It's been a long road indeed. The wait for SQL Server 2005 has been the longest drought between versions since SQL Server was first introduced in the late 1980s. Even the complete rewrite of SQL Server that was accomplished with version 7.0 took only 3 1/2 years (we've been waiting on SQL Server 2005 for over five years).

Some things are, however, worth waiting for, and SQL Server 2005 falls squarely in that camp. The number and importance of new or rewritten features is almost staggering. This book is, however, about much more than just "what's new?"—it is about understanding in a very broad way a product that has grown to one of the largest, most diverse products in the marketplace. Perhaps even more importantly, it is about understanding how to develop systems and applications that both meet your performance needs and store your data in a fashion that maintains integrity of the data while keeping it reasonably usable.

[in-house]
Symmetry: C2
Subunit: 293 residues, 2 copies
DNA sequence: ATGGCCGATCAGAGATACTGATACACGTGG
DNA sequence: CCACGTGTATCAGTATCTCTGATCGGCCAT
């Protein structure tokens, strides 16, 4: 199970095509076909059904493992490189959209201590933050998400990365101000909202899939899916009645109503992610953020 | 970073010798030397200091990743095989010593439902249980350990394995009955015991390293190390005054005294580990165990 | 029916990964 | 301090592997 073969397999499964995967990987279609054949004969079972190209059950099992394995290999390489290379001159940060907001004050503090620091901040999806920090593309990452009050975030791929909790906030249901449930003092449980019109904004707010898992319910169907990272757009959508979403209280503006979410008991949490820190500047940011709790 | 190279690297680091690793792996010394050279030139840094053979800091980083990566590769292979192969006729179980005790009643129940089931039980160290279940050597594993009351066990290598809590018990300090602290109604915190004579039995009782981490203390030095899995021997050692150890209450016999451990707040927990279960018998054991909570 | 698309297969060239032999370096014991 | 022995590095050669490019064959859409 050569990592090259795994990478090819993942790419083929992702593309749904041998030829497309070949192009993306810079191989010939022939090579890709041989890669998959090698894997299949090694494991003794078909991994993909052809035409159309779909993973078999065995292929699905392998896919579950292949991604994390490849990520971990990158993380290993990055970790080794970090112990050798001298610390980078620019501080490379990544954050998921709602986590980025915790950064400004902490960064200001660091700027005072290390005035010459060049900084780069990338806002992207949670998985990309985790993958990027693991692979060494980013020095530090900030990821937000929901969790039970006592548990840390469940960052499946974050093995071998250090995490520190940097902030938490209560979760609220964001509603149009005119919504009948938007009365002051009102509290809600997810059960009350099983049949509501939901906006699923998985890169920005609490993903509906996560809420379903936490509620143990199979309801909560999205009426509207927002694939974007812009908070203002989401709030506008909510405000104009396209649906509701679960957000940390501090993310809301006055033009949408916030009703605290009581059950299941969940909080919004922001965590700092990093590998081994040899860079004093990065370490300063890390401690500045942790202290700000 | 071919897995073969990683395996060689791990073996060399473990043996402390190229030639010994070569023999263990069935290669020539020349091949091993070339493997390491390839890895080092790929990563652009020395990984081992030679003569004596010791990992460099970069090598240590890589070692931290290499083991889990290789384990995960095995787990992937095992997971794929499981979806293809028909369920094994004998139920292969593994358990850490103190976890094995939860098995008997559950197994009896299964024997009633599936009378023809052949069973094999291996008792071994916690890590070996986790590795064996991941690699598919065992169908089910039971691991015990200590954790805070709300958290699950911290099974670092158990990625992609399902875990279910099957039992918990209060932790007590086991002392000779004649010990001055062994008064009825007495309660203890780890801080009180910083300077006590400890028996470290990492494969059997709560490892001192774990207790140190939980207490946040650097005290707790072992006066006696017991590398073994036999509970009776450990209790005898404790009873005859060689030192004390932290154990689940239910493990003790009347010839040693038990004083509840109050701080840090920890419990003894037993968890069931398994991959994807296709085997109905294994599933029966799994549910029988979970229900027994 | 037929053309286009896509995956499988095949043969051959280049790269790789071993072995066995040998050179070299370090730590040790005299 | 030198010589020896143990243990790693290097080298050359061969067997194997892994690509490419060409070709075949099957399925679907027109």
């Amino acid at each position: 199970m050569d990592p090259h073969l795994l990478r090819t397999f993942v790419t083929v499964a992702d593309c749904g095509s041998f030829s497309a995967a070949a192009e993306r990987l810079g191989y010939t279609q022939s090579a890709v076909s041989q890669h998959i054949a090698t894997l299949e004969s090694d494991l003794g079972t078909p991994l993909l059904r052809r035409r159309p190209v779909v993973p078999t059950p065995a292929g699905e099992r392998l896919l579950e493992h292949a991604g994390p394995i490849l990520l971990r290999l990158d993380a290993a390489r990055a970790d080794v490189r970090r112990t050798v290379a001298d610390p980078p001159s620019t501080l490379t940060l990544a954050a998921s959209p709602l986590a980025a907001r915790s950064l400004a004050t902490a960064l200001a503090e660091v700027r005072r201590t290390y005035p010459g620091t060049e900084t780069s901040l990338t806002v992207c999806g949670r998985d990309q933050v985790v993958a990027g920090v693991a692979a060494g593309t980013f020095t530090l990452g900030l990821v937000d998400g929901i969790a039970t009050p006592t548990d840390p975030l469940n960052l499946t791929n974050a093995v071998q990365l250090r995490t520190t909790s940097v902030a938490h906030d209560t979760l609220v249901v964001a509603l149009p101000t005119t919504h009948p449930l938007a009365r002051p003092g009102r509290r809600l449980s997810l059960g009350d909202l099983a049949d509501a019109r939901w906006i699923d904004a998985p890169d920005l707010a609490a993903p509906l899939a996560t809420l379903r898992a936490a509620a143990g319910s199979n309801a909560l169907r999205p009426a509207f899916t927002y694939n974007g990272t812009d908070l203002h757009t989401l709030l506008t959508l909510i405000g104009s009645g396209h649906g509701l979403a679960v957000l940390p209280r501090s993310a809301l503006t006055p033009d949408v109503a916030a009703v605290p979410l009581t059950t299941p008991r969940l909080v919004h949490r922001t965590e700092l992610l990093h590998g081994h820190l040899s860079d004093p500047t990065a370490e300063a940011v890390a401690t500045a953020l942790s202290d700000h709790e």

For those of you that have read the previous versions of this book, there have been a few changes this time around. Specifically, the real "beginning" level discussion has been moved into its own Wrox book (Beginning SQL Server 2005 Programming). The beginning topics are still here for sake of completeness, but they have been condensed to be in more of a review model. Why? Well, in the previous version, we had a problem where the size of the book had grown to a point where it could not get any larger and still fit within bindery limits (in short, ...

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